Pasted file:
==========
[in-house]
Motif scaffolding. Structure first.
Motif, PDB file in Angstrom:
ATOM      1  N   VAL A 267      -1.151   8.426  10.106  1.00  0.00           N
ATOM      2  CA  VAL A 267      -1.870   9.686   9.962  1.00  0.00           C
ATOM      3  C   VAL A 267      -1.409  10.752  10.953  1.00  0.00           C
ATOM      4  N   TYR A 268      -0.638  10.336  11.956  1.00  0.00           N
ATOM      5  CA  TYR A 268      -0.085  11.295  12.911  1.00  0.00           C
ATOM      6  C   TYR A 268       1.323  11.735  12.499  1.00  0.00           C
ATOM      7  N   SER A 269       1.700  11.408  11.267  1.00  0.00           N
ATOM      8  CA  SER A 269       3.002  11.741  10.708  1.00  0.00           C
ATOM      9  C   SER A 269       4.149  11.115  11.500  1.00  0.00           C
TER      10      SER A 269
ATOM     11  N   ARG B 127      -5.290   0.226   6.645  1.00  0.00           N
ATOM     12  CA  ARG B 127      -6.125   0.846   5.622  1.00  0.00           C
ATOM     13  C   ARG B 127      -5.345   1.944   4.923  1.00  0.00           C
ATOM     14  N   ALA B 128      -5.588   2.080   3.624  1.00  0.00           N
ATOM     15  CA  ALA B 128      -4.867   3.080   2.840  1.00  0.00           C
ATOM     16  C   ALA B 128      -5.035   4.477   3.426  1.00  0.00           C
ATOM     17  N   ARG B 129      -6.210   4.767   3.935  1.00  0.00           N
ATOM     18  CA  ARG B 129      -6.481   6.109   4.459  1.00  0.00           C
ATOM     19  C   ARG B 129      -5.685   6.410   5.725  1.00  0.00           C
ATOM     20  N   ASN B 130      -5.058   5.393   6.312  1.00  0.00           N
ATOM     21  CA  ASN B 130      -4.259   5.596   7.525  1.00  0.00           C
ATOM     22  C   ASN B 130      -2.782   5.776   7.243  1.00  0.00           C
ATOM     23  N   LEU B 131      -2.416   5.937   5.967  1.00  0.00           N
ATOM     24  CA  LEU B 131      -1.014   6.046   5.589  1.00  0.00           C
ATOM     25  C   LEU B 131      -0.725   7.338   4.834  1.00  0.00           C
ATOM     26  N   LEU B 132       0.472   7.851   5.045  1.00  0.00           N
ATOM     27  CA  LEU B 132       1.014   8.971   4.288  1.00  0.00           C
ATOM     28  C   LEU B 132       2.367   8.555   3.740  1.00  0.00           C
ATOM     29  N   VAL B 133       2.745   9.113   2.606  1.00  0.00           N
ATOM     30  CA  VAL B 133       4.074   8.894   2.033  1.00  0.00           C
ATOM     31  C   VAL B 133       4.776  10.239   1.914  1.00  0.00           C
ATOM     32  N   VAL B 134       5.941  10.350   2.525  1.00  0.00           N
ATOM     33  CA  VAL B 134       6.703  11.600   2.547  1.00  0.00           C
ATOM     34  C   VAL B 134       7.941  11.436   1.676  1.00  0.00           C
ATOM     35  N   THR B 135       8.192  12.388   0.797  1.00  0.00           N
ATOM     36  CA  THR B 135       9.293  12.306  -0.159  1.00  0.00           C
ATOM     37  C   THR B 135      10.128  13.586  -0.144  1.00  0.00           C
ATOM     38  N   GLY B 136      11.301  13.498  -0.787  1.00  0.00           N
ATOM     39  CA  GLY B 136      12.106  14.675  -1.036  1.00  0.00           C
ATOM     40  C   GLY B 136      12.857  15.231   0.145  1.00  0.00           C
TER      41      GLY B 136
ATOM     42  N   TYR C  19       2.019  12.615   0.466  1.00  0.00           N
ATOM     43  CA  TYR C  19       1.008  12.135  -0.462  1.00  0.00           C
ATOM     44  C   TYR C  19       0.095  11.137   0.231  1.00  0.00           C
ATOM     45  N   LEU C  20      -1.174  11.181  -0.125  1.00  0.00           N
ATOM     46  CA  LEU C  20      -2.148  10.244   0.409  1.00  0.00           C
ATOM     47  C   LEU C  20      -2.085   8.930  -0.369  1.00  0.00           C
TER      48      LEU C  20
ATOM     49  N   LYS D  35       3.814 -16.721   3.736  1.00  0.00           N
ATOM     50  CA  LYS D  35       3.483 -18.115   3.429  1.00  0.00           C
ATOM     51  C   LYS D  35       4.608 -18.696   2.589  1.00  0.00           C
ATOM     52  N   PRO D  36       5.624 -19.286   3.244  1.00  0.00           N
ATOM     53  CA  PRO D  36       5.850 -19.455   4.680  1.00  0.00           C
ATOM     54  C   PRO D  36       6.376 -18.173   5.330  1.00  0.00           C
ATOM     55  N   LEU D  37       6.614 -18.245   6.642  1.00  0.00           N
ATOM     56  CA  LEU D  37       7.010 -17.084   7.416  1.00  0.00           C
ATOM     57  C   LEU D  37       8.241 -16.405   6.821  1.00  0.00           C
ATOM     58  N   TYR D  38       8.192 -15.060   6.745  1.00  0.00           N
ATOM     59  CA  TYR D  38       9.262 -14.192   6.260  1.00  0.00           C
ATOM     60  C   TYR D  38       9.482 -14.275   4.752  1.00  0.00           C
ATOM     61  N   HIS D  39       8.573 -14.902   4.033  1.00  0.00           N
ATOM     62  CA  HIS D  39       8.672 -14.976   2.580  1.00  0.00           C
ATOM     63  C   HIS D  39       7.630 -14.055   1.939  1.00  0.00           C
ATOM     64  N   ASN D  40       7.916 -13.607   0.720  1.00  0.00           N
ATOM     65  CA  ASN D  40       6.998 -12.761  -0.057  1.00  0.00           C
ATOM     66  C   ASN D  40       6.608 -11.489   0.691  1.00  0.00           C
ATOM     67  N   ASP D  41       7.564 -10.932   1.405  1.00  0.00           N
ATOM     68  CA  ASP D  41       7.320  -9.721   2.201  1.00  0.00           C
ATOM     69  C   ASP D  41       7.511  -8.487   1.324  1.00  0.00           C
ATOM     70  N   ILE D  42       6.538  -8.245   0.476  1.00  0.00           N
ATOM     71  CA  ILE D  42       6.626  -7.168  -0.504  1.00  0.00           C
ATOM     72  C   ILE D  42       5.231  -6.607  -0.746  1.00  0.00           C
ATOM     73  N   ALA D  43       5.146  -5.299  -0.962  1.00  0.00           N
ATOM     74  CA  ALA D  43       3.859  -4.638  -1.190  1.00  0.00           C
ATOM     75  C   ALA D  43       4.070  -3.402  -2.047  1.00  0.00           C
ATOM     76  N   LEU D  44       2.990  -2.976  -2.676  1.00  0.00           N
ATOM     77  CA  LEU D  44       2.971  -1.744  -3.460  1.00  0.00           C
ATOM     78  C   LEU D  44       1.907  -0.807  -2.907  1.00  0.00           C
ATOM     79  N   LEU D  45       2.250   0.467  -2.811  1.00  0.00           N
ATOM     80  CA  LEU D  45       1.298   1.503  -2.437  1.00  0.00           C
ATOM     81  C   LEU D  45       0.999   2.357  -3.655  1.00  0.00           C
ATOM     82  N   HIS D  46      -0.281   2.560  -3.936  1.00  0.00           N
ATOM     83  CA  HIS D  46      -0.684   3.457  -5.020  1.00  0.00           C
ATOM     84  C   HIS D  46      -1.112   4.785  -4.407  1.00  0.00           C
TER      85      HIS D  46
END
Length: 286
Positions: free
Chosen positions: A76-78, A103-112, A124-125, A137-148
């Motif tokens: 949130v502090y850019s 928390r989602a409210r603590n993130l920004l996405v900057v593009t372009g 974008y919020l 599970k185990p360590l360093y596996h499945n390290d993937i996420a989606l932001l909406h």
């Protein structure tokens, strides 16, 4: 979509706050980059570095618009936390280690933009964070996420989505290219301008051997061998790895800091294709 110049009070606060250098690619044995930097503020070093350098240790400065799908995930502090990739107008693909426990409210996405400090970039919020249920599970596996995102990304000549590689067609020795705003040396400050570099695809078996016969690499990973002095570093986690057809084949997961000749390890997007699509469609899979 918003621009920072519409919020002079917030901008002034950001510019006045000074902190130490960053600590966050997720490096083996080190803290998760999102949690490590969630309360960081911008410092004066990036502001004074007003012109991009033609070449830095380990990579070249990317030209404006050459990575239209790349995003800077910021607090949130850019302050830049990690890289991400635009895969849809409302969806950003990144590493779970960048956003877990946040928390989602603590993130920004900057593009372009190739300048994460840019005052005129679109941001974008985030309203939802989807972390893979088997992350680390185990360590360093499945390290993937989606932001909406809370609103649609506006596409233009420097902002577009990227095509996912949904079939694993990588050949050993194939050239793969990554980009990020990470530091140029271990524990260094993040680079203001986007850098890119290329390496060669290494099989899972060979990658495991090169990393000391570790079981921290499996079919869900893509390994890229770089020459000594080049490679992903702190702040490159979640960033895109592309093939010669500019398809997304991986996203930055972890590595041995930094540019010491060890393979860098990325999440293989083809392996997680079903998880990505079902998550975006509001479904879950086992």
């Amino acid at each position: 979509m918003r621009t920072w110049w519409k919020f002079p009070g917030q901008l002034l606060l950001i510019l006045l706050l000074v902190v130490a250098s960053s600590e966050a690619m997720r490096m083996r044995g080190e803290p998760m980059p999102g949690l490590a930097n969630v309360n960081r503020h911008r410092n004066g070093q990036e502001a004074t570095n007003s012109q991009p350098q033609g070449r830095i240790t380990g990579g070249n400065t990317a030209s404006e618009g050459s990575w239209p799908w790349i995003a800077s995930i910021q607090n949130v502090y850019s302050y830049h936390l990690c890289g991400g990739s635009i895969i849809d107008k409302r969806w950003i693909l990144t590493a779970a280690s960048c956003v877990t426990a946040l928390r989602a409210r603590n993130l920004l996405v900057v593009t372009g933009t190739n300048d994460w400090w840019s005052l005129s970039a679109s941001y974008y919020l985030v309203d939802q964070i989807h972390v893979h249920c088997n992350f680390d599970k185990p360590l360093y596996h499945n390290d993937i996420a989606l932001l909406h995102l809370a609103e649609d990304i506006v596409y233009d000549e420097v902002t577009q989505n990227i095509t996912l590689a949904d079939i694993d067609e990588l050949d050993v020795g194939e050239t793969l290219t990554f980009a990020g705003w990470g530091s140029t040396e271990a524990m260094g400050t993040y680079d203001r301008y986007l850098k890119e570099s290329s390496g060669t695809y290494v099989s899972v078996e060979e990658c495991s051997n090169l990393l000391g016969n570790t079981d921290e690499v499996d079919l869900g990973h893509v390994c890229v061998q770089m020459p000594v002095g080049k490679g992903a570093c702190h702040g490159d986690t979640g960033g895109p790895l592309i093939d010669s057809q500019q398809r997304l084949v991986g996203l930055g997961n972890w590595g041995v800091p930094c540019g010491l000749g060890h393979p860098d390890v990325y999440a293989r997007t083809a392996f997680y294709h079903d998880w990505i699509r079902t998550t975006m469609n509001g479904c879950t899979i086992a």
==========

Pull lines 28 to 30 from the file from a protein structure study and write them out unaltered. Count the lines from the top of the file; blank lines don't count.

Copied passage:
ATOM     25  C   LEU B 131      -0.725   7.338   4.834  1.00  0.00           C
ATOM     26  N   LEU B 132       0.472   7.851   5.045  1.00  0.00           N
ATOM     27  CA  LEU B 132       1.014   8.971   4.288  1.00  0.00           C